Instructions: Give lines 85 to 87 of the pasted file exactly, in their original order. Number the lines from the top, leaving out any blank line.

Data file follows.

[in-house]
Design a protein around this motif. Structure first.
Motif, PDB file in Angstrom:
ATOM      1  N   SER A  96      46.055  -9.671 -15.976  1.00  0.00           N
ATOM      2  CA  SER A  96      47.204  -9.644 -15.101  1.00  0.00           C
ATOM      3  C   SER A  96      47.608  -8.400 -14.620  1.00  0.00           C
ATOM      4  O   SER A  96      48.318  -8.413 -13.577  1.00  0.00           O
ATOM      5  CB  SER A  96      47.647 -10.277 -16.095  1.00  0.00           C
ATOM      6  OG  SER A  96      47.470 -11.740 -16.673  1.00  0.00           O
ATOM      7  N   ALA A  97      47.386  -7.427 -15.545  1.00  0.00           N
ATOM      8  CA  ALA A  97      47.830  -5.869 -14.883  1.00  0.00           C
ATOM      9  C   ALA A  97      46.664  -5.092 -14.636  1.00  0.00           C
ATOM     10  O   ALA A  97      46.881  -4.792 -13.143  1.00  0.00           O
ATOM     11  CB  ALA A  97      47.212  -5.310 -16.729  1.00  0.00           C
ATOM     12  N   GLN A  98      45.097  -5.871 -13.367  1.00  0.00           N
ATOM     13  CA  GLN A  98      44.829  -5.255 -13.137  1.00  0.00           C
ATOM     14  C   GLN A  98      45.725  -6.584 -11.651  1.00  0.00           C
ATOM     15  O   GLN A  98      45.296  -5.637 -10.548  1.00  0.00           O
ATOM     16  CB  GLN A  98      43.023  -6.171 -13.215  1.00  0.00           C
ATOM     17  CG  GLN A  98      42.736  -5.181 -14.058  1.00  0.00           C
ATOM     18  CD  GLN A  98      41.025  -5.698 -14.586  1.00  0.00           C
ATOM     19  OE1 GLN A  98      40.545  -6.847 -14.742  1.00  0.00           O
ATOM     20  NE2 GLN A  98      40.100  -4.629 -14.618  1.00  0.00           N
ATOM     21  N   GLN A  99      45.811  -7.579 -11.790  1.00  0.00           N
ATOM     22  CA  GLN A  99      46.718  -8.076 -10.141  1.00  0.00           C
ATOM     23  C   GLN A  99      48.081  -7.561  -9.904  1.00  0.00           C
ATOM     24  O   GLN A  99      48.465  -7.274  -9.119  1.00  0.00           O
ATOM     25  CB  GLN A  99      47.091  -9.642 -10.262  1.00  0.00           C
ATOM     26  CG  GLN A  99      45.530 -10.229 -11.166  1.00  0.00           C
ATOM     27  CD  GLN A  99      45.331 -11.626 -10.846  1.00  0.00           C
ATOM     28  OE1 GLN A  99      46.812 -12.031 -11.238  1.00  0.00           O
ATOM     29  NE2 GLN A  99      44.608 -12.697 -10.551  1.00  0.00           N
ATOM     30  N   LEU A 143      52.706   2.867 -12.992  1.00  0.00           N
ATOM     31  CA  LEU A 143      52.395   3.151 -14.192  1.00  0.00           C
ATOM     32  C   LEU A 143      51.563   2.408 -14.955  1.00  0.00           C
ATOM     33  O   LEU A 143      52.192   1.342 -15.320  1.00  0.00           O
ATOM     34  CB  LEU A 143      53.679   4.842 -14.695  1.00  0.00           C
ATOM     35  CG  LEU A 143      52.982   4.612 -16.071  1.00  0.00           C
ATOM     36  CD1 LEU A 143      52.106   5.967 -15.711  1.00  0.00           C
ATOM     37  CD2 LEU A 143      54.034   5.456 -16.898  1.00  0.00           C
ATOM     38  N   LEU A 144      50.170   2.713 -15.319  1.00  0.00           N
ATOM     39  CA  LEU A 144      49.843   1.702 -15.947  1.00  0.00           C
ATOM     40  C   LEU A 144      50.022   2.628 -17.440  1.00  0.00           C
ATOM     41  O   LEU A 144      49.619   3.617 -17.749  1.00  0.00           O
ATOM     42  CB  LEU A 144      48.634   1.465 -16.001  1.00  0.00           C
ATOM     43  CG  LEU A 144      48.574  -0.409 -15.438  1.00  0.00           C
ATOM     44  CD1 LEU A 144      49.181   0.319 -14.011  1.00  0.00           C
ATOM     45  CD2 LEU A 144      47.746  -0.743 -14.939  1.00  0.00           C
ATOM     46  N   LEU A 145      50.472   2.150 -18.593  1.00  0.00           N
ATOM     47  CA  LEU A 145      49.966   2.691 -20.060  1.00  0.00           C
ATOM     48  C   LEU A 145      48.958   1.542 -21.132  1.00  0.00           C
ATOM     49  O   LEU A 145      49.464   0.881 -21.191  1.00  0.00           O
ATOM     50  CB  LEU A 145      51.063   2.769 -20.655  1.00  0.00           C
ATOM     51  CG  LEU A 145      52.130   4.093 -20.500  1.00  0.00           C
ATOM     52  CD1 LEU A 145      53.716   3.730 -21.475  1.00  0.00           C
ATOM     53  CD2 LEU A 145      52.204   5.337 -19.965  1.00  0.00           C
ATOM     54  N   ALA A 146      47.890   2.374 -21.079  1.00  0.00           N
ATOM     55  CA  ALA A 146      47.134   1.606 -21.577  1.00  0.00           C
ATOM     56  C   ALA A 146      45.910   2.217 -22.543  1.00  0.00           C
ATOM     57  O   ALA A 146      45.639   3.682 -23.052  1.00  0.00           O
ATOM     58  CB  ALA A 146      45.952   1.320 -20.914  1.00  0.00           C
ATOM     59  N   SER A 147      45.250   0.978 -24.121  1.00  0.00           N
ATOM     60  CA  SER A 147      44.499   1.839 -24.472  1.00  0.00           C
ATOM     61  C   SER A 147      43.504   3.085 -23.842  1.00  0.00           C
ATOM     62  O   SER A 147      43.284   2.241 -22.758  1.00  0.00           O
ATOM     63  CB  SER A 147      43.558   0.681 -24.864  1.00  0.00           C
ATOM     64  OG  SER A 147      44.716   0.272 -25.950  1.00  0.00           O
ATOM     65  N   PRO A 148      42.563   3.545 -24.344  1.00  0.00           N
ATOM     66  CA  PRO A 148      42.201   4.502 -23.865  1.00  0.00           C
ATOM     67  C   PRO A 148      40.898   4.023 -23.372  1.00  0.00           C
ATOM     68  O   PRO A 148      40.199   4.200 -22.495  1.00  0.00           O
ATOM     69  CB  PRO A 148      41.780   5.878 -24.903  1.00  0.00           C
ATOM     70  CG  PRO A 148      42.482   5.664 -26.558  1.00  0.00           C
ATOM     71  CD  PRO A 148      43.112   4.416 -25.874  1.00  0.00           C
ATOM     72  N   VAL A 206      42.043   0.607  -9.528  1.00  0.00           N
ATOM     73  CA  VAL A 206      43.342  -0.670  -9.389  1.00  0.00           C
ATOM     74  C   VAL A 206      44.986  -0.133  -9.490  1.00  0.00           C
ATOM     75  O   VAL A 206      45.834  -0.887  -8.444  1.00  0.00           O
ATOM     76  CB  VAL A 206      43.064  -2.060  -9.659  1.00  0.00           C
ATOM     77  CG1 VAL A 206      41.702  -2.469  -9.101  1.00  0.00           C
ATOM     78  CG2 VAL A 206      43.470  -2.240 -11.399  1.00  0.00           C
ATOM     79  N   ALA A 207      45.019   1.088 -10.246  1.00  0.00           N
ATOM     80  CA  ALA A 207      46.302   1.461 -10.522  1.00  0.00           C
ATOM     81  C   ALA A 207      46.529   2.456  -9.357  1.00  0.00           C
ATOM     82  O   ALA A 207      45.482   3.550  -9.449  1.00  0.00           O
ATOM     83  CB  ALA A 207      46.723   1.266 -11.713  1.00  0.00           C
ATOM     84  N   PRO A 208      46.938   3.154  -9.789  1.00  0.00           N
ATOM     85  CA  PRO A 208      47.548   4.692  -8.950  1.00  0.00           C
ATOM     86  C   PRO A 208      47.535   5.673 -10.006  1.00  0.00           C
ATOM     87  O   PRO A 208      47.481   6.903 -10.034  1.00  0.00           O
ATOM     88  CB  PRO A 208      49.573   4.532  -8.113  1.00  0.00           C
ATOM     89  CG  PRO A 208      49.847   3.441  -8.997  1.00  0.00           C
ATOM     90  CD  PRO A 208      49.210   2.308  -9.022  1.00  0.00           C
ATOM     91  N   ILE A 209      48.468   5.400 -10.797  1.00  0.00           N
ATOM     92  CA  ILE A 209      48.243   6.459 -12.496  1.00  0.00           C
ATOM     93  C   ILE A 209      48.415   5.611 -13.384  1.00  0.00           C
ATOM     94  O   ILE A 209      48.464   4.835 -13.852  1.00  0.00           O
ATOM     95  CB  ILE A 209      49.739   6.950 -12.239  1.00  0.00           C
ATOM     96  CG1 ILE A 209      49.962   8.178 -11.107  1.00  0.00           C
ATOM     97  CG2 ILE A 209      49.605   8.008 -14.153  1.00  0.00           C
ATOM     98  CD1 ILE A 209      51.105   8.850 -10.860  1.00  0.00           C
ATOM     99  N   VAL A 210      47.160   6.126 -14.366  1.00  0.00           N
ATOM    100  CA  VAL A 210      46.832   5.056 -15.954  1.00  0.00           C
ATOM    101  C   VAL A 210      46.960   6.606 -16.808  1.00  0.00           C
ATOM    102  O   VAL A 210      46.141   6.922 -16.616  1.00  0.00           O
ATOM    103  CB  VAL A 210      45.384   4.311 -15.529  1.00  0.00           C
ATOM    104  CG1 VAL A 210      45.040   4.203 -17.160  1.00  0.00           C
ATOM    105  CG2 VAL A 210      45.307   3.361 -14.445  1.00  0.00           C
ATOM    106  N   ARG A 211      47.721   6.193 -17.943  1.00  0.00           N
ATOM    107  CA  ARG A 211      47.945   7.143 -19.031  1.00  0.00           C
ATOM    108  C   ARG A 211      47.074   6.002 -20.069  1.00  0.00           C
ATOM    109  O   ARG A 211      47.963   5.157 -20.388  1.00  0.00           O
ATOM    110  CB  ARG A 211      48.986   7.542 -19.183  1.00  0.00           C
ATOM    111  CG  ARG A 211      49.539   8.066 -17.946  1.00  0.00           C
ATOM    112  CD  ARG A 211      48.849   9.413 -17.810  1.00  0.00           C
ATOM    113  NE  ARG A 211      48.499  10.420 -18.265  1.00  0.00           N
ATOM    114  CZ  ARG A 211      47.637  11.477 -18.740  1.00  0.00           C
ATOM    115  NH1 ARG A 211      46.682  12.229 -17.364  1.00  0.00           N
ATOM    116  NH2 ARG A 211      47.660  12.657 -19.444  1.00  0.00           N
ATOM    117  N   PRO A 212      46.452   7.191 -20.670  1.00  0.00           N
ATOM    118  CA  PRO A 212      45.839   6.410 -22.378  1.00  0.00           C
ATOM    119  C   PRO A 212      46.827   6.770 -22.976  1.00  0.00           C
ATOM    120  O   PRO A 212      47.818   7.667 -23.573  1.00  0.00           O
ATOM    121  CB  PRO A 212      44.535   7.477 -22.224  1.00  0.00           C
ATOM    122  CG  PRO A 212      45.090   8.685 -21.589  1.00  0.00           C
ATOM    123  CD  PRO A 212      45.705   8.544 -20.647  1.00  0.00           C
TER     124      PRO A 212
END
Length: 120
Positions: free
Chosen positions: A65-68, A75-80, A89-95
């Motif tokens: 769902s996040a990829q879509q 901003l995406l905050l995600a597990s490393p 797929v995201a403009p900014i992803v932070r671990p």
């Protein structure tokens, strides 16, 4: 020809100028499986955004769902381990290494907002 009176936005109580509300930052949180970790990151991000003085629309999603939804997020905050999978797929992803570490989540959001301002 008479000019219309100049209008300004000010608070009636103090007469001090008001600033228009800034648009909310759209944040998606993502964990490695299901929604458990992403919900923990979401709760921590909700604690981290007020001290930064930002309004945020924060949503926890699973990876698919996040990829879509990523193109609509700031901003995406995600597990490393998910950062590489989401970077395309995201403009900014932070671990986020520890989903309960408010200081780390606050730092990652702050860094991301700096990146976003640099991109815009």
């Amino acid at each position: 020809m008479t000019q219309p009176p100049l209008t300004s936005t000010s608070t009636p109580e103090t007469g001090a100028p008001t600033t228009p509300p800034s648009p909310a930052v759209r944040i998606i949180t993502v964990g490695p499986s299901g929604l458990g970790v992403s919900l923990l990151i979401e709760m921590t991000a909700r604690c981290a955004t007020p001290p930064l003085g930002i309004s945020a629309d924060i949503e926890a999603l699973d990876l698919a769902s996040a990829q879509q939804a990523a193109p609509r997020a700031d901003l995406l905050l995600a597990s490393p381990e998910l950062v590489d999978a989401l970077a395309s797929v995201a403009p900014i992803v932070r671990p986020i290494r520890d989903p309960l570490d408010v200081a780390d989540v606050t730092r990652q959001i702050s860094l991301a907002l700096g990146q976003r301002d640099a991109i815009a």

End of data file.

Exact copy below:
ATOM     82  O   ALA A 207      45.482   3.550  -9.449  1.00  0.00           O
ATOM     83  CB  ALA A 207      46.723   1.266 -11.713  1.00  0.00           C
ATOM     84  N   PRO A 208      46.938   3.154  -9.789  1.00  0.00           N